Ever since 1999 when legendary fisherman Roland Martin won the first major professional bass fishing tournament on Lake Champlain, the big lake has been hooking pro bass anglers from across the country. Lake Champlain’s large size and abundant largemouth and smallmouth bass have made it a favorite destination on the world’s largest bass fishing tours. Even when the fishing’s tough Lake Champlain is still number one with many pros as we discovered when we went fishing with a North Carolina man whose success on Lake Champlain has made him a rising star on the FLW Outdoors tour.
Canoes are perfect for fishing Vermont's countless small ponds. Native Americans developed these simple, versatile vessels over the course of thousands of years and they are well suited to exploring everything from tiny creeks to the shores of Lake Champlain. Today's canoes are lightweight, low maintenance and relatively inexpensive, and they open up a world of hidden waters that are either off-limits or inaccessible to larger boats. We visit Emerald Lake State Park as well as another local pond for some exciting bass fishing.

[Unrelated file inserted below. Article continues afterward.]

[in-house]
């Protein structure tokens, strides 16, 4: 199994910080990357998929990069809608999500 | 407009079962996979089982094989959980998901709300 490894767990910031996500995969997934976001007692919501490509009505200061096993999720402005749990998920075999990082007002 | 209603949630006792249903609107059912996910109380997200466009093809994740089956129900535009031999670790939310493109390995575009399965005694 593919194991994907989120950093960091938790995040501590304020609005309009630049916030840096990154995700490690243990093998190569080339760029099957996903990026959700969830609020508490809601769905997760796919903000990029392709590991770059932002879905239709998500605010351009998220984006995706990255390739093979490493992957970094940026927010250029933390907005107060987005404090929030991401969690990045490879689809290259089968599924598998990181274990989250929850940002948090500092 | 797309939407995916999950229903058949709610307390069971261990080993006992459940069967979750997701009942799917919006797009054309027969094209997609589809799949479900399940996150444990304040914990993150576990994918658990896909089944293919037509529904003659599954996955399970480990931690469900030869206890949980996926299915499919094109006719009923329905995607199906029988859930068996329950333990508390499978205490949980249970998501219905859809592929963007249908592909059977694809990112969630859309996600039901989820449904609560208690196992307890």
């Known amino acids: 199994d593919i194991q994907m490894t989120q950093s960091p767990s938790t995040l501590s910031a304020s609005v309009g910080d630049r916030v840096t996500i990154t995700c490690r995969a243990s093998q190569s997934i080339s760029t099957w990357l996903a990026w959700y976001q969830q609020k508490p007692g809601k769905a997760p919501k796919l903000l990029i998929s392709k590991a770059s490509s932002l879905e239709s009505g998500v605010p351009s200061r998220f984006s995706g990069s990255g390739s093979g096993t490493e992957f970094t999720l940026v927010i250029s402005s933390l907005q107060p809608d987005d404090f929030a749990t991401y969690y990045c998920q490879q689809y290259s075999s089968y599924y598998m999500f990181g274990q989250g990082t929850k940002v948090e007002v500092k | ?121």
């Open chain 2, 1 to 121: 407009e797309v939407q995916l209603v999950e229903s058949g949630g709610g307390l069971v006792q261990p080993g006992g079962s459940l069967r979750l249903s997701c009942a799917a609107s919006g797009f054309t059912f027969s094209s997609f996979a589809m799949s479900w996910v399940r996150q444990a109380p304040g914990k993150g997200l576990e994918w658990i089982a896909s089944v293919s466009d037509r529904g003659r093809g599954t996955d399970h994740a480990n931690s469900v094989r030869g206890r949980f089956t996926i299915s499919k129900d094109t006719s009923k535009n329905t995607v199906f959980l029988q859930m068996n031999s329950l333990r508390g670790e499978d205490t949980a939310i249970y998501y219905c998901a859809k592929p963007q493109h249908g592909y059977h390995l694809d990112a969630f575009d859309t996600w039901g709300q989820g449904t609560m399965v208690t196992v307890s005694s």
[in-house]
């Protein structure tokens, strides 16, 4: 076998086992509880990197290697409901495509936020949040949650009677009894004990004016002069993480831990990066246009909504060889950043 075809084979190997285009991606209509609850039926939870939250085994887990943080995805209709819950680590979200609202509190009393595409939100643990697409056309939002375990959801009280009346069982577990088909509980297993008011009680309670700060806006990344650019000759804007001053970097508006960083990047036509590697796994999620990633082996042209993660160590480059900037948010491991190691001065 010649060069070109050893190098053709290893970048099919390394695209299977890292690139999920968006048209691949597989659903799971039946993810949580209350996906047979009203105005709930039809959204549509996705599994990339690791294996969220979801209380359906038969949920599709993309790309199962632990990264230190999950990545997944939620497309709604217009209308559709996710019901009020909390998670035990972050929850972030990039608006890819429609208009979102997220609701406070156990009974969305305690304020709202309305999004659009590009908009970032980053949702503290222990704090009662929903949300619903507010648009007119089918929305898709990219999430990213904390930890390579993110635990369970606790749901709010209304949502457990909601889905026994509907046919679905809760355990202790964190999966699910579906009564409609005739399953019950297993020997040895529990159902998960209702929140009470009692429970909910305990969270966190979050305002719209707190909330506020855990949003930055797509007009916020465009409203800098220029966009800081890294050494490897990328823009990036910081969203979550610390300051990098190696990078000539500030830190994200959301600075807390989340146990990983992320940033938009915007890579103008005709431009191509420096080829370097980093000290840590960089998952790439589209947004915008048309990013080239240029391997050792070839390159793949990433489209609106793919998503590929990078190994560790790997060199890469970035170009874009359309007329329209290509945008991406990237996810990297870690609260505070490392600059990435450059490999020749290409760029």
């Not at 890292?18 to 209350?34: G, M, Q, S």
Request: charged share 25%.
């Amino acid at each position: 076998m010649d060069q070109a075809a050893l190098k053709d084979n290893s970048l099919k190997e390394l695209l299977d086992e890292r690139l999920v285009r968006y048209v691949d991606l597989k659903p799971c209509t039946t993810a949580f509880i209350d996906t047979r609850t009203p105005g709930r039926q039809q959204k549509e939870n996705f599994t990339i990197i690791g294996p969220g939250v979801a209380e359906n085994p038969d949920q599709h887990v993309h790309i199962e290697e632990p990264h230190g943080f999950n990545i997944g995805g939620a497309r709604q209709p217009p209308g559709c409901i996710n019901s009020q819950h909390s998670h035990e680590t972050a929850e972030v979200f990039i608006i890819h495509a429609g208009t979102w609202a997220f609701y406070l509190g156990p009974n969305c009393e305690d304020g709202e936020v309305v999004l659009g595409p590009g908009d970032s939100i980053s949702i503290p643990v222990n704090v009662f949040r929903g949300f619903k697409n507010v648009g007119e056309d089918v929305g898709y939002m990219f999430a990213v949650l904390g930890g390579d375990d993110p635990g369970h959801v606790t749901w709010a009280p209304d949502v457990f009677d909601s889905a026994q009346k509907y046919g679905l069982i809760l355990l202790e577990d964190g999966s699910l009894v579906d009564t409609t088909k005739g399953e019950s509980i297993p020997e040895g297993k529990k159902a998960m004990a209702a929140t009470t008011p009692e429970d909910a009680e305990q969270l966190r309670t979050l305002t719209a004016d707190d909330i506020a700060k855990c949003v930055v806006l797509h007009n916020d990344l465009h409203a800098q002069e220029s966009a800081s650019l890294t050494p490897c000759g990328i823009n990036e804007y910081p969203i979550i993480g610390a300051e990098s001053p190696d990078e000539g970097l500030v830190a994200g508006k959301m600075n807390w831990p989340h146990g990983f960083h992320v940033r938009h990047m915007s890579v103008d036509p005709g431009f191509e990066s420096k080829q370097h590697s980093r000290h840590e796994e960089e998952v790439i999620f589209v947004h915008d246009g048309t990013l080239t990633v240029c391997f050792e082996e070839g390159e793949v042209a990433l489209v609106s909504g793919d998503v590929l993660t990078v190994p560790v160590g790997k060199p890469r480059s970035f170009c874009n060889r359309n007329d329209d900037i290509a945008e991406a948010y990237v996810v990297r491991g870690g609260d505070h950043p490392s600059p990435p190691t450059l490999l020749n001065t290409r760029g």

Paddle the water in search of bass, spend a night camping at Emerald Lake State Park and hook up with a couple of first class trout bums.
Host Marianne Eaton joins a class to learn the ins and outs of sculling and what the attraction is to this sport of "leverage." Then, Outdoor Journal visits with Eric Hanson and the kids of Vermont Audubon's "Take Part Program" as they demonstrate what they have done to increase the loon population. Lastly, Host Lawrence Pyne joins longtime bass guide Rod Start of Tinmouth, Vermont for a mid-September outing on Lake St. Catherine, one of several outstanding bass lakes in southwestern Vermont.